A Measure of Loss

couple-holding-hands1When change happens, there’s always an element of loss no matter how slight. When I left teaching, I lost my students. When I moved, I left friends behind. When I changed churches, I missed my brothers and sisters in Christ. And when I left a ministry where I worked, I missed the daily interaction of my former colleagues. Though each of these was a good change, a needed change, a healthy change, there was still an adjustment to be made.

In any kind of change, you are leaving behind the known and are expected to embrace the unknown. That’s not easy. It’s often scary. And it’s never comfortable. Every change brings a new direction, a new perspective, and if you let it, a greater faith. Yet every change also brings a measure of loss.

You lose independence and your singleness when you marry. You lose freedom, time, and all kinds of other things when you have a baby. Then, as that baby grows, each age and stage brings boatloads of changes, sometimes multiple times a day! No wonder a mother feels undone when her child enters school or a father freaks out when his daughter has her first date.

So when does change end? Never! The ancient philosopher, Heraclitus, accurately reminded us that, “Nothing is permanent except change.” So why do we have such a love/hate relationship with change? Because any change feels uncomfortable at best.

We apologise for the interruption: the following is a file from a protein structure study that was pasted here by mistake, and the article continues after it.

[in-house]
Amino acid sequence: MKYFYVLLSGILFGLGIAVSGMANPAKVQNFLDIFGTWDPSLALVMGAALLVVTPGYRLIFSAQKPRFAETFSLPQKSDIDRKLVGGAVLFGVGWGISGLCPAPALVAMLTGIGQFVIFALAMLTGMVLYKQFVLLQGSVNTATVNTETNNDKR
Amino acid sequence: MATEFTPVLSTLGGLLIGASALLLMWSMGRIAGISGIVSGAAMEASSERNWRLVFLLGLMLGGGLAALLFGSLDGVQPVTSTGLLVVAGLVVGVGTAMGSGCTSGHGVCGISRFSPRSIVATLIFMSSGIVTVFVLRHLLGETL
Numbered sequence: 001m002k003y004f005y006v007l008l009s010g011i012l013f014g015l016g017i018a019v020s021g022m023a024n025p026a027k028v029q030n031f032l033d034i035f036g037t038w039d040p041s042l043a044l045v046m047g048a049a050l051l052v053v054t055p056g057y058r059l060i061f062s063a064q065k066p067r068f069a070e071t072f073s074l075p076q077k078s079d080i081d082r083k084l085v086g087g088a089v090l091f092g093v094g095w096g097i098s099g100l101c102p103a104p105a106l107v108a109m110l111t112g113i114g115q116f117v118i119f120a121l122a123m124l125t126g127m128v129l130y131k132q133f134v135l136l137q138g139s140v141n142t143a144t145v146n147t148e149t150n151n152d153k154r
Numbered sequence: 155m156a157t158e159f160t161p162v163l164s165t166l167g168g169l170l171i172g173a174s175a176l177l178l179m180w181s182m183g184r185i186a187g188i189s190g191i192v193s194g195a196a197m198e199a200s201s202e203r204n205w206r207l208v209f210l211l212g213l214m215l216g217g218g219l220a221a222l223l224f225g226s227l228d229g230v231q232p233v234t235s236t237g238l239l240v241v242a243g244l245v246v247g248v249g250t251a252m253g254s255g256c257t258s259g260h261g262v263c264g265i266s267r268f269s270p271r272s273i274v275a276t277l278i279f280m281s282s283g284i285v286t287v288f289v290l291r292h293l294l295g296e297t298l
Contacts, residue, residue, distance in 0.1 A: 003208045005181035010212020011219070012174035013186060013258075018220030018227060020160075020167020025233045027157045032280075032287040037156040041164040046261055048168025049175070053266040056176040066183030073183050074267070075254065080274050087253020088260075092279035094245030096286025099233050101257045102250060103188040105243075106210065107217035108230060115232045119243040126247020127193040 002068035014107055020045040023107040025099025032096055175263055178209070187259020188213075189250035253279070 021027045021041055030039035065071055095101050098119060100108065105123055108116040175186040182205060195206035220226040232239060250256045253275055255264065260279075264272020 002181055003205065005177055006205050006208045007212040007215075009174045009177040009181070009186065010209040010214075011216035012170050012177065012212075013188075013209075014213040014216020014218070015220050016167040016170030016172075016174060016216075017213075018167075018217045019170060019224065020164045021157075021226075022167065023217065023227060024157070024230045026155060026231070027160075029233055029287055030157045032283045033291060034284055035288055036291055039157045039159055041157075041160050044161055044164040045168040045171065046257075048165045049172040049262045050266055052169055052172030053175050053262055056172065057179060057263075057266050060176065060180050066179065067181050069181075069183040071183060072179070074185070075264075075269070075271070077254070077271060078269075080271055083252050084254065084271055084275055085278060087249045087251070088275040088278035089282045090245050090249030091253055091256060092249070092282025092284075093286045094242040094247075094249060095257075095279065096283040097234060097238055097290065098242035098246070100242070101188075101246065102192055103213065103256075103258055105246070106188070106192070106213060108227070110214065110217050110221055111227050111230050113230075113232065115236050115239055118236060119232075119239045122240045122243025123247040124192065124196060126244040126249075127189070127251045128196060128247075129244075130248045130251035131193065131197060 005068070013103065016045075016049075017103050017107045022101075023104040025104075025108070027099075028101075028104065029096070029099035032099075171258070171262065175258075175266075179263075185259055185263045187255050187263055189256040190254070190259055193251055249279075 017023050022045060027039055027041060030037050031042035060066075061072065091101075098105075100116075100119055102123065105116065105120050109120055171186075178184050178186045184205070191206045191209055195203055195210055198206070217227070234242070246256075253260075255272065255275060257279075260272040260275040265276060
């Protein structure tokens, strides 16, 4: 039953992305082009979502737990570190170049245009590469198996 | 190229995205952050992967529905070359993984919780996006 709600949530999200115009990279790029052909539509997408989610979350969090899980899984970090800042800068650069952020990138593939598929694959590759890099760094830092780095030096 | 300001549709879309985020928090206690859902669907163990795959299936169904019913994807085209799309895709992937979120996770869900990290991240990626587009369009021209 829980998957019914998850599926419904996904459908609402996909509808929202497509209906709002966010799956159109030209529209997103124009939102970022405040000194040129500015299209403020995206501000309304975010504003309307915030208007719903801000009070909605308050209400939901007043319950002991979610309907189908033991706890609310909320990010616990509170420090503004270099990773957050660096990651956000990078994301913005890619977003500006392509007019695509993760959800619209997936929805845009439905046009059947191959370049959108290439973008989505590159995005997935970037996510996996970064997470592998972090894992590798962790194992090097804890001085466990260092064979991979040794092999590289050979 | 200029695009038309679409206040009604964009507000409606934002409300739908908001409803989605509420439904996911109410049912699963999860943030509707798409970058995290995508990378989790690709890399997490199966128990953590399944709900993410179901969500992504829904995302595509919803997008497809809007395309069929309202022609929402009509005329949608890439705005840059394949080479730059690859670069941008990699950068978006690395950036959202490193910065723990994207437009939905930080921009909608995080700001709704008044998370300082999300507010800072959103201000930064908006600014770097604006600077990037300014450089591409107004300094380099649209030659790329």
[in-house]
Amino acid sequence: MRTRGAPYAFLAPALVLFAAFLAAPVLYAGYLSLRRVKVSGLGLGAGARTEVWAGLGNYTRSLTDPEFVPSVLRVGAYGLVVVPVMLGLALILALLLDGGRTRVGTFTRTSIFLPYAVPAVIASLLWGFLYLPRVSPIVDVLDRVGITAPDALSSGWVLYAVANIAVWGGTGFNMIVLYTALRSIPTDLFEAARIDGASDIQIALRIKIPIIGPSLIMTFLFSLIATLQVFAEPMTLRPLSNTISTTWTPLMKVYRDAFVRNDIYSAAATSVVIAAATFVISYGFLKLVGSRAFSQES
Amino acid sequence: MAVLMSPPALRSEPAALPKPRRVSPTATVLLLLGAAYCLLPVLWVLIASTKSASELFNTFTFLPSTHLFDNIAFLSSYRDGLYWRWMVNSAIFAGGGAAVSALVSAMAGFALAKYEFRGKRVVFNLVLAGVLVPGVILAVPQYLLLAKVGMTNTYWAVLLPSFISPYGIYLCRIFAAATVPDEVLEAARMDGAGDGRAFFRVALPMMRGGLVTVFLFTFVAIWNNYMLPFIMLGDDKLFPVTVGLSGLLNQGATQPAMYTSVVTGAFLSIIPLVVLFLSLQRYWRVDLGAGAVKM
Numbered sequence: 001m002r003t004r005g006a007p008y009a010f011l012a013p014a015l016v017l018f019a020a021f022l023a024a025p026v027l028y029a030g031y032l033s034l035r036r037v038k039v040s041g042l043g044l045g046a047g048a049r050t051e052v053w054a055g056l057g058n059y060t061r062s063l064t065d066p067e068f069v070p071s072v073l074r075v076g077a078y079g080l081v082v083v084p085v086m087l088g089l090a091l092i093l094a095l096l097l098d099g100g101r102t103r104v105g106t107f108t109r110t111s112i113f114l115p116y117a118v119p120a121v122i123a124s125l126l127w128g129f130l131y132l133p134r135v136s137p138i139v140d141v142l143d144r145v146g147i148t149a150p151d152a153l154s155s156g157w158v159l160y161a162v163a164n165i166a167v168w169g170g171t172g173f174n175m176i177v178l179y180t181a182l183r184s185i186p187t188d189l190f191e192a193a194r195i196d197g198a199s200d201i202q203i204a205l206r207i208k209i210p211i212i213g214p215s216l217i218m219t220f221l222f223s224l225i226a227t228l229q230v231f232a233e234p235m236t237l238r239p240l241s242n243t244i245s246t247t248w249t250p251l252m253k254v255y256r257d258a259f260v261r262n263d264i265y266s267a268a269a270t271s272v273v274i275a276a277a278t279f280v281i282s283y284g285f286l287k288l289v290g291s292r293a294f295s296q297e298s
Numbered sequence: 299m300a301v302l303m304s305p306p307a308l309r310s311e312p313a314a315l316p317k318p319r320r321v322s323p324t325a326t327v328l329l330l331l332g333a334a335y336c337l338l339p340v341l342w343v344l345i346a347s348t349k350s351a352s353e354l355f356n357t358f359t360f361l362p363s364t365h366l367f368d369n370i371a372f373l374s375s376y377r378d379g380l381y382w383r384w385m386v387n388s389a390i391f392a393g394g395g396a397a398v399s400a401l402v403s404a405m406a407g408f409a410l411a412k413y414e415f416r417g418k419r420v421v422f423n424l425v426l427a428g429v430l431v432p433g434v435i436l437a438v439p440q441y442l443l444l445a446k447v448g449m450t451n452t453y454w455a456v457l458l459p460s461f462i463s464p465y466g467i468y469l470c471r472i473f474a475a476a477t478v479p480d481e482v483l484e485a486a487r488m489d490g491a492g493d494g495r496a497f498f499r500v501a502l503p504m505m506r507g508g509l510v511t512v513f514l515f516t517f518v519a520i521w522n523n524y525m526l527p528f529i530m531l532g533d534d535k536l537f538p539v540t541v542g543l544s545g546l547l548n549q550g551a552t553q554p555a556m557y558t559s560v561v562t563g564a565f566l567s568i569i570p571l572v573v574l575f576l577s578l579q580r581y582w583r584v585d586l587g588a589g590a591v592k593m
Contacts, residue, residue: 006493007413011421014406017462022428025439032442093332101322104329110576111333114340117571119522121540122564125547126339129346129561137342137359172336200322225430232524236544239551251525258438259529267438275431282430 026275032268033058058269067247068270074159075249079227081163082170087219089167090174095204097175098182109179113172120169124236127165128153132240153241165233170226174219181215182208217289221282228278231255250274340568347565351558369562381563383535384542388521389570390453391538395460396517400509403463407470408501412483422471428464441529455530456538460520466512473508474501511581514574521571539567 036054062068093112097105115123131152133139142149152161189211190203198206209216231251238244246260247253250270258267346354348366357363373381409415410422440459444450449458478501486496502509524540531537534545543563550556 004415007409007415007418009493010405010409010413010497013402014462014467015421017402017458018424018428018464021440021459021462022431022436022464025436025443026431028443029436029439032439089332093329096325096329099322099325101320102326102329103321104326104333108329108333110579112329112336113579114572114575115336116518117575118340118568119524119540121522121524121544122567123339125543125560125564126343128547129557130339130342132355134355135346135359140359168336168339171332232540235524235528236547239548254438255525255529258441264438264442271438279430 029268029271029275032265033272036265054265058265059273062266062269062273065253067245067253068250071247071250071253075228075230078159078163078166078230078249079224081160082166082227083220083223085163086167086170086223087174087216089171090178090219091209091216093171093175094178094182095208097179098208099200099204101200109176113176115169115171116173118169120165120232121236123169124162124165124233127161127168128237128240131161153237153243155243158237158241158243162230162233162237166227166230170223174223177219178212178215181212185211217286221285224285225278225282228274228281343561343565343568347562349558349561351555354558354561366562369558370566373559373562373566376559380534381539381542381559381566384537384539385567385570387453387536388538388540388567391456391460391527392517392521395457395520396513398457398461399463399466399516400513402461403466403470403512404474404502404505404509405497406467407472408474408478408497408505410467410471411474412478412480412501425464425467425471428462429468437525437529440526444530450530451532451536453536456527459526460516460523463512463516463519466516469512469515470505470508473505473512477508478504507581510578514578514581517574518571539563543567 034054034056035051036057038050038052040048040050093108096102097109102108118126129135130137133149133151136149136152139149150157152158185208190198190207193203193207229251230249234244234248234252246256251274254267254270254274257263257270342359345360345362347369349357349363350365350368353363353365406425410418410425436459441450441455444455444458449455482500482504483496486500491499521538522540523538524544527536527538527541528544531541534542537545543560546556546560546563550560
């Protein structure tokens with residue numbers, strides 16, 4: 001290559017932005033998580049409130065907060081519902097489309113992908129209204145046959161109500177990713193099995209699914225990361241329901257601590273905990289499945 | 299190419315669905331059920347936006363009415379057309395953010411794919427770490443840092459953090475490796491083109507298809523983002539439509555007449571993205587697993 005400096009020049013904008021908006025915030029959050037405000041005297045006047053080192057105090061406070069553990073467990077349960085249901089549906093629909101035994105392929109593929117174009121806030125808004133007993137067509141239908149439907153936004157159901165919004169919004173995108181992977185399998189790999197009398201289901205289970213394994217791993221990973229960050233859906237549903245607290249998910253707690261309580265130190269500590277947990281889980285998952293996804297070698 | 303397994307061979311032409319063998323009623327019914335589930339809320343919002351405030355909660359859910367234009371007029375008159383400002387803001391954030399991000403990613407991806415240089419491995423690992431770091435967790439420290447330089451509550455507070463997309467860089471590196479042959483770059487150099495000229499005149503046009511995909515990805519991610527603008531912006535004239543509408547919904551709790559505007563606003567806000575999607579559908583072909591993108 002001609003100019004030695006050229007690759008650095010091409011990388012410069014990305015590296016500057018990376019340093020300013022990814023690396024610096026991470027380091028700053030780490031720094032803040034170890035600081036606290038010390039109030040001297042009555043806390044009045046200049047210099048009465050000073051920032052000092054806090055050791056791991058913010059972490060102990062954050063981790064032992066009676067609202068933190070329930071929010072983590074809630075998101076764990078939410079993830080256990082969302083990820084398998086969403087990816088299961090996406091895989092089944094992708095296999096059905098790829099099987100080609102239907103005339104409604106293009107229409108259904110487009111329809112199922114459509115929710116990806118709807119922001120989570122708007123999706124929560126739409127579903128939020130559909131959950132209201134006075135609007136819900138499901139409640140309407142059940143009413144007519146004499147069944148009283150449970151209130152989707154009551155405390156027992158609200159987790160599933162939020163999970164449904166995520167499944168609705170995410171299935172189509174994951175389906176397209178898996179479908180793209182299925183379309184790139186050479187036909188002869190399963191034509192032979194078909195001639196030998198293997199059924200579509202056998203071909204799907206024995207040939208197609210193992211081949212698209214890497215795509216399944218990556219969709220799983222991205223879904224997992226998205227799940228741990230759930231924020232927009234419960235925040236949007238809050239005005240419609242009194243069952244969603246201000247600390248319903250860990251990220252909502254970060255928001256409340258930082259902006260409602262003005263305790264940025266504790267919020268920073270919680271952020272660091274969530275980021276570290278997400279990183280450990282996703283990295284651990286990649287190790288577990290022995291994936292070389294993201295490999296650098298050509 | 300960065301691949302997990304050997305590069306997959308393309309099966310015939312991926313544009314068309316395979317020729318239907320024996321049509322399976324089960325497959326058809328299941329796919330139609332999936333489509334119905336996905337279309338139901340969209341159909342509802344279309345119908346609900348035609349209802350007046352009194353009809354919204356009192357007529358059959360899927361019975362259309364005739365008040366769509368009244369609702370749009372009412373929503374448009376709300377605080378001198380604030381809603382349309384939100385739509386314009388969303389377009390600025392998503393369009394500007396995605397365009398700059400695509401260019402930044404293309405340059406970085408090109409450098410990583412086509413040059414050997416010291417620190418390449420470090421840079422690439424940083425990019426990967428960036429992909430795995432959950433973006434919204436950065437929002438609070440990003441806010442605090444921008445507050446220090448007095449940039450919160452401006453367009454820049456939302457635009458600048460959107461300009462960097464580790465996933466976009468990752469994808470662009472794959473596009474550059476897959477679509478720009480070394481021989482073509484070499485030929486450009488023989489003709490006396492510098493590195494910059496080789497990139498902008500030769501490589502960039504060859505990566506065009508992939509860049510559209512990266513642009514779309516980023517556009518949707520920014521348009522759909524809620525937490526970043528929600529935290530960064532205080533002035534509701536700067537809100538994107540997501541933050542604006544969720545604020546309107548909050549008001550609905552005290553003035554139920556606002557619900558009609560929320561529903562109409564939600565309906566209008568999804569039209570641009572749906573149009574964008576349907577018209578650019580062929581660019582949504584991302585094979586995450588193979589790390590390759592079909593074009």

Whenever we are out of our comfort zone, it’s usually not fun. Something as simple as a snowstorm, a new school year, a bout of the flu, or a home remodeling project can send a family into transition, and the unexpected often takes us by surprise. Yet it’s how we handle that change is important to God and to those around us. After all, our children are watching, and they are learning how you deal with change, with loss, and with transition.

How have you dealt with change lately? I’d love to know.

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1 Comment

  1. Rebekah Gibson says:

    I have learned to deal with loss by beginning with identifying that I have suffered a loss and need to go through the stages of grief to overcome it. Accepting that, and recognizing each stage as I pass through it, helps me to make a conscious choice to depend on God through each step.

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